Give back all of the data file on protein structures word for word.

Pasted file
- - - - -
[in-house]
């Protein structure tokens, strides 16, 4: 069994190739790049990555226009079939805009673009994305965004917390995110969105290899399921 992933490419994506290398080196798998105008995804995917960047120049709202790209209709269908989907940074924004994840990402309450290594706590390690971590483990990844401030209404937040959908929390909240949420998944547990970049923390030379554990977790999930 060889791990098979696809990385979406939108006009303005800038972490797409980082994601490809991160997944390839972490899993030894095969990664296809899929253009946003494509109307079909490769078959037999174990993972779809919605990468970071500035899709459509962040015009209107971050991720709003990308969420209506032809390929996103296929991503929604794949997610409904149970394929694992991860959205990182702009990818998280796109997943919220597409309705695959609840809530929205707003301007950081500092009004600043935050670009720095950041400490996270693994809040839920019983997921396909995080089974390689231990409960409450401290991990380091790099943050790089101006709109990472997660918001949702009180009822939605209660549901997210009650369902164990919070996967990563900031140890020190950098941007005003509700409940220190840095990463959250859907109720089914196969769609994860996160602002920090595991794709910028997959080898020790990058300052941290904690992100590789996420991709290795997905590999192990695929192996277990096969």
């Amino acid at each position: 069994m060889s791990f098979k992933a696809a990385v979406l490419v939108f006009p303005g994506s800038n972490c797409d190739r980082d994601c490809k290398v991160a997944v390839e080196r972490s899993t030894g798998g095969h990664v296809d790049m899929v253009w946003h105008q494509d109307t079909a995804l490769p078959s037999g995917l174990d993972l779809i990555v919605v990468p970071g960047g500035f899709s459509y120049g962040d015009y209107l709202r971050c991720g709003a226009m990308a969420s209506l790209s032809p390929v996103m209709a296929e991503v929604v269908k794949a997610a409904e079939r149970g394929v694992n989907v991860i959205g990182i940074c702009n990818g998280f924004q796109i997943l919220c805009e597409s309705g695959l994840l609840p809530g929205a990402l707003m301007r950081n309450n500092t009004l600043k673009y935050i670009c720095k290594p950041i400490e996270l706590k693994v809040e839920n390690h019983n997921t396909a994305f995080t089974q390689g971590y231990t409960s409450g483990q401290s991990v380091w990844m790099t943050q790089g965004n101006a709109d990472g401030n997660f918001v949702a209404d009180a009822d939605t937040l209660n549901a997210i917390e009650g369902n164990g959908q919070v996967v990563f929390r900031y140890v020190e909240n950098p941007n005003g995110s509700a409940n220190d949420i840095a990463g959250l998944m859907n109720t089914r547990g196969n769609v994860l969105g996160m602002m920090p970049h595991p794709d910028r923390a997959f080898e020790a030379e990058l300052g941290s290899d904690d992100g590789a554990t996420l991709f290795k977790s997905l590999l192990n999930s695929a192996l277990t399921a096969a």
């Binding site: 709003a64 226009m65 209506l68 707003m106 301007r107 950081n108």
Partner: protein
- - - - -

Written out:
[in-house]
């Protein structure tokens, strides 16, 4: 069994190739790049990555226009079939805009673009994305965004917390995110969105290899399921 992933490419994506290398080196798998105008995804995917960047120049709202790209209709269908989907940074924004994840990402309450290594706590390690971590483990990844401030209404937040959908929390909240949420998944547990970049923390030379554990977790999930 060889791990098979696809990385979406939108006009303005800038972490797409980082994601490809991160997944390839972490899993030894095969990664296809899929253009946003494509109307079909490769078959037999174990993972779809919605990468970071500035899709459509962040015009209107971050991720709003990308969420209506032809390929996103296929991503929604794949997610409904149970394929694992991860959205990182702009990818998280796109997943919220597409309705695959609840809530929205707003301007950081500092009004600043935050670009720095950041400490996270693994809040839920019983997921396909995080089974390689231990409960409450401290991990380091790099943050790089101006709109990472997660918001949702009180009822939605209660549901997210009650369902164990919070996967990563900031140890020190950098941007005003509700409940220190840095990463959250859907109720089914196969769609994860996160602002920090595991794709910028997959080898020790990058300052941290904690992100590789996420991709290795997905590999192990695929192996277990096969």
């Amino acid at each position: 069994m060889s791990f098979k992933a696809a990385v979406l490419v939108f006009p303005g994506s800038n972490c797409d190739r980082d994601c490809k290398v991160a997944v390839e080196r972490s899993t030894g798998g095969h990664v296809d790049m899929v253009w946003h105008q494509d109307t079909a995804l490769p078959s037999g995917l174990d993972l779809i990555v919605v990468p970071g960047g500035f899709s459509y120049g962040d015009y209107l709202r971050c991720g709003a226009m990308a969420s209506l790209s032809p390929v996103m209709a296929e991503v929604v269908k794949a997610a409904e079939r149970g394929v694992n989907v991860i959205g990182i940074c702009n990818g998280f924004q796109i997943l919220c805009e597409s309705g695959l994840l609840p809530g929205a990402l707003m301007r950081n309450n500092t009004l600043k673009y935050i670009c720095k290594p950041i400490e996270l706590k693994v809040e839920n390690h019983n997921t396909a994305f995080t089974q390689g971590y231990t409960s409450g483990q401290s991990v380091w990844m790099t943050q790089g965004n101006a709109d990472g401030n997660f918001v949702a209404d009180a009822d939605t937040l209660n549901a997210i917390e009650g369902n164990g959908q919070v996967v990563f929390r900031y140890v020190e909240n950098p941007n005003g995110s509700a409940n220190d949420i840095a990463g959250l998944m859907n109720t089914r547990g196969n769609v994860l969105g996160m602002m920090p970049h595991p794709d910028r923390a997959f080898e020790a030379e990058l300052g941290s290899d904690d992100g590789a554990t996420l991709f290795k977790s997905l590999l192990n999930s695929a192996l277990t399921a096969a």
């Binding site: 709003a64 226009m65 209506l68 707003m106 301007r107 950081n108």
Partner: protein